A new version of the SAT makes writing optional and reflects student coursework

To the casual observer, the SAT looks the same — questions on math and English, an essay, a set amount of time to finish each question.

But the college entrance exam has gotten a makeover. High school students are taking a new version of the SAT, which incorporates the first changes to the test since 2005. March 5 marked the first national testing date when students could take the new SAT.

The nearly four-hour exam drops to three hours if students decline the now-optional writing portion. Critical reading and writing have now been combined into a single evidence-based writing and reading portion. The range of possible scores changed, as well.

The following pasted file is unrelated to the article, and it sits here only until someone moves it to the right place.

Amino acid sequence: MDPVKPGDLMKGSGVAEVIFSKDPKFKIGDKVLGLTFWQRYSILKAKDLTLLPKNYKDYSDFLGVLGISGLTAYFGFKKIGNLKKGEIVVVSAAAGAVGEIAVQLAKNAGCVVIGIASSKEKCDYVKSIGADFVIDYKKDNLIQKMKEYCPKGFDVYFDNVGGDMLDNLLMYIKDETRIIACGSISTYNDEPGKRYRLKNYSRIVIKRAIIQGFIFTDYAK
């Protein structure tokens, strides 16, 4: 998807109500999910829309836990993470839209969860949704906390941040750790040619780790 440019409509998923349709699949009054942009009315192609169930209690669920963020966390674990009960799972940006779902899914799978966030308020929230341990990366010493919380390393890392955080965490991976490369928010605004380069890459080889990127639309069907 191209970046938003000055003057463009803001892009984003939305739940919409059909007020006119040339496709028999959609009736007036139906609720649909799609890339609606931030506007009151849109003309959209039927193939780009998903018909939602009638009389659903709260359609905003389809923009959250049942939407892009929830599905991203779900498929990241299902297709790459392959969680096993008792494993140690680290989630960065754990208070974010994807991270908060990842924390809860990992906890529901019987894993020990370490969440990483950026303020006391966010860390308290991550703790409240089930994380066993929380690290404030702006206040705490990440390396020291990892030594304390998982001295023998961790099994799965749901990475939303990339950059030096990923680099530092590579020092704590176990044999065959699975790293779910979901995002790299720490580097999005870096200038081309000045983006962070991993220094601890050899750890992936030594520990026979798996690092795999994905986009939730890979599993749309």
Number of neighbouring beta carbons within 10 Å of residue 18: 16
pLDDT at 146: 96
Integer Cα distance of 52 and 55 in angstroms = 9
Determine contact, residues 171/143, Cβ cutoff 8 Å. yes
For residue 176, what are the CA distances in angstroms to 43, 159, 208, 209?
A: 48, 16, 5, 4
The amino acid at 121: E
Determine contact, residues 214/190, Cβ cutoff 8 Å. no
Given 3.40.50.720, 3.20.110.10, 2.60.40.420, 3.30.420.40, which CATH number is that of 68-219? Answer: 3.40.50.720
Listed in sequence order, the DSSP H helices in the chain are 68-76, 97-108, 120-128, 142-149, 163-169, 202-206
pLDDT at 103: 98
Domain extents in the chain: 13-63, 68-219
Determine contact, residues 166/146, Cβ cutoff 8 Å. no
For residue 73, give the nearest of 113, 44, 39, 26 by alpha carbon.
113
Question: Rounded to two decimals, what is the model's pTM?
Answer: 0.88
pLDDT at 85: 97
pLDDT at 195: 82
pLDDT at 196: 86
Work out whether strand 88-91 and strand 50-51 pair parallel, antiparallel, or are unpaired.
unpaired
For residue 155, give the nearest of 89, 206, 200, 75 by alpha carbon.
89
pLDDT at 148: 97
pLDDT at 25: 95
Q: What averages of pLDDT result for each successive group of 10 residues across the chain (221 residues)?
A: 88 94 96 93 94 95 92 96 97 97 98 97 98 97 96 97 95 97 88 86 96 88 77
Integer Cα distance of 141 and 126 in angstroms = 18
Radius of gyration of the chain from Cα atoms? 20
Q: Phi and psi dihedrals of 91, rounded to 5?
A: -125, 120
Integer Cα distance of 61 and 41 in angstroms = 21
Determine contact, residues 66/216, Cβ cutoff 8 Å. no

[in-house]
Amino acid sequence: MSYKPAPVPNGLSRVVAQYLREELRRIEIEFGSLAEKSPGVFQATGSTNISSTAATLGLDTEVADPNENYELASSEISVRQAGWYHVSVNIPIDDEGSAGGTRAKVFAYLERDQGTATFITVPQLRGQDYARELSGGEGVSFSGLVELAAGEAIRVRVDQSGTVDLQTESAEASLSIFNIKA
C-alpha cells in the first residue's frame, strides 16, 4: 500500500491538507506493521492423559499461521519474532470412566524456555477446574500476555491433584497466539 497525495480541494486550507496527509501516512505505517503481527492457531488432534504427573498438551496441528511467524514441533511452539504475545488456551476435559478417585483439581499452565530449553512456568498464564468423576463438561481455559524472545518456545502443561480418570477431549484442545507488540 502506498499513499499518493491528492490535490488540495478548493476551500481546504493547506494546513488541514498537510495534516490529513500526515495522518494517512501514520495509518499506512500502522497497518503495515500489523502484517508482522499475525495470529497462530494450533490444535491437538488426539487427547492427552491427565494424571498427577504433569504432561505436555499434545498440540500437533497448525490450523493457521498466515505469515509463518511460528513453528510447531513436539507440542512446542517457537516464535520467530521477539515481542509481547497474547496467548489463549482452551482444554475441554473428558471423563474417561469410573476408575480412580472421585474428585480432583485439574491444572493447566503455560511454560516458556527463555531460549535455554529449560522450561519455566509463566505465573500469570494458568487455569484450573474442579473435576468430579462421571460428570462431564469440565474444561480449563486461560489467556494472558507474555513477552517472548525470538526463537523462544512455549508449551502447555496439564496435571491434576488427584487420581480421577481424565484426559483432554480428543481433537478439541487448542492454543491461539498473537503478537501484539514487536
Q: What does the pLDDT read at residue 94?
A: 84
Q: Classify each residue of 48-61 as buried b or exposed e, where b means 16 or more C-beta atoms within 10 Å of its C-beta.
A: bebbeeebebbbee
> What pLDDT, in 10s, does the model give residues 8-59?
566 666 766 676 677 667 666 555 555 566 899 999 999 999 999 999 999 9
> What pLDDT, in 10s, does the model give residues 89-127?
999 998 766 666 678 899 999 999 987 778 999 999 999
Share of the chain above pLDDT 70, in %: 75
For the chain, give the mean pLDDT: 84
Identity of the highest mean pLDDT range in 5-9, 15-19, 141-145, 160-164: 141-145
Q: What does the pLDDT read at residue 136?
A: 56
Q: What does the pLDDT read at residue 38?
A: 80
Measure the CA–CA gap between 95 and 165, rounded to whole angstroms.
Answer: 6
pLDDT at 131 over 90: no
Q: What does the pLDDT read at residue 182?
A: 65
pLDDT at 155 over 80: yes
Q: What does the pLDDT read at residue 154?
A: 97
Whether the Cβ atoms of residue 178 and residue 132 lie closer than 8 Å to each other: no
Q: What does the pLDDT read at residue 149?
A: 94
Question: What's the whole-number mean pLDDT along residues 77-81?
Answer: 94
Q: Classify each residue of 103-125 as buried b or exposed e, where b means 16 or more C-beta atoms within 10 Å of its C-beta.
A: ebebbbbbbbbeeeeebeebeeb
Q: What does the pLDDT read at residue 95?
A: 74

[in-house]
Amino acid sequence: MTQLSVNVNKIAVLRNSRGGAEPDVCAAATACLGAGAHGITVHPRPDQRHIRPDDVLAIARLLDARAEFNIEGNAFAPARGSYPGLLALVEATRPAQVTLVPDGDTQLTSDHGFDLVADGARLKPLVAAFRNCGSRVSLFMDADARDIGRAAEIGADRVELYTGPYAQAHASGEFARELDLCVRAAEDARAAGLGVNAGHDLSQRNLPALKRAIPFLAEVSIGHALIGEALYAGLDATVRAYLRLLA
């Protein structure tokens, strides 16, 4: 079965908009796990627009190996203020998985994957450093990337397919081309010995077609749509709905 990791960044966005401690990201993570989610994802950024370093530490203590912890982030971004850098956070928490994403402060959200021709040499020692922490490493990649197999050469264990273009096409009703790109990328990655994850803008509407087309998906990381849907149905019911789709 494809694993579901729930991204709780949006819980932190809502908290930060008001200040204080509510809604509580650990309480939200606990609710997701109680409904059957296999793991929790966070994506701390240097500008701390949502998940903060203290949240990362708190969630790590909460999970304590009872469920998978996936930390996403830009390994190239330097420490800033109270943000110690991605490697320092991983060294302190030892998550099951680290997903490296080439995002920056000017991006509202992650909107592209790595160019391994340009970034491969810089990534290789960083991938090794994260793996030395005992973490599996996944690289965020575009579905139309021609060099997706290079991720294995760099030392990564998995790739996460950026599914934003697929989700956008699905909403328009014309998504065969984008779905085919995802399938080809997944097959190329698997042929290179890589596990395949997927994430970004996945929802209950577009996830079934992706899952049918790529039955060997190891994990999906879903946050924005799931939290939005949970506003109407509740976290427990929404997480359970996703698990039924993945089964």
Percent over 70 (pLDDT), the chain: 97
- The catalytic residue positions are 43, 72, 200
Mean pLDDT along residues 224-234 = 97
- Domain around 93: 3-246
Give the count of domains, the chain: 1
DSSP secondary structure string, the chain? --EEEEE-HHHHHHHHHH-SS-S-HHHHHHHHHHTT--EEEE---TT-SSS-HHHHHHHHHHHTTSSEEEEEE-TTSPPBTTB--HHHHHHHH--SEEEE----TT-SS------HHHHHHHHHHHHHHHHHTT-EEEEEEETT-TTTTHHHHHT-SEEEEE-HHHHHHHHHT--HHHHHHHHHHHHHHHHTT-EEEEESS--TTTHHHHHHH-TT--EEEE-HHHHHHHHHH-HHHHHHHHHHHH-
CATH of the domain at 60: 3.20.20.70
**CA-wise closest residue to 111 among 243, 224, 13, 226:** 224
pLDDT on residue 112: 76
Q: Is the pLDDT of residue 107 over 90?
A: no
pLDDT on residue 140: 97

Students, meanwhile, no longer get penalized for guessing.

While the SAT did not change because of Common Core state standards and other recent state standards adoptions, designers researched just what was changing in the classrooms to better align the test with what students know and needed to know.

“We know many students went through similar exercises,” said Scott Hill, vice president of the College Board’s western regional office. The College Board organization runs the SAT. “It’s not surprising them what they experience in the classroom is what they experience in the SAT.”

Next page: What students are saying about the new SAT

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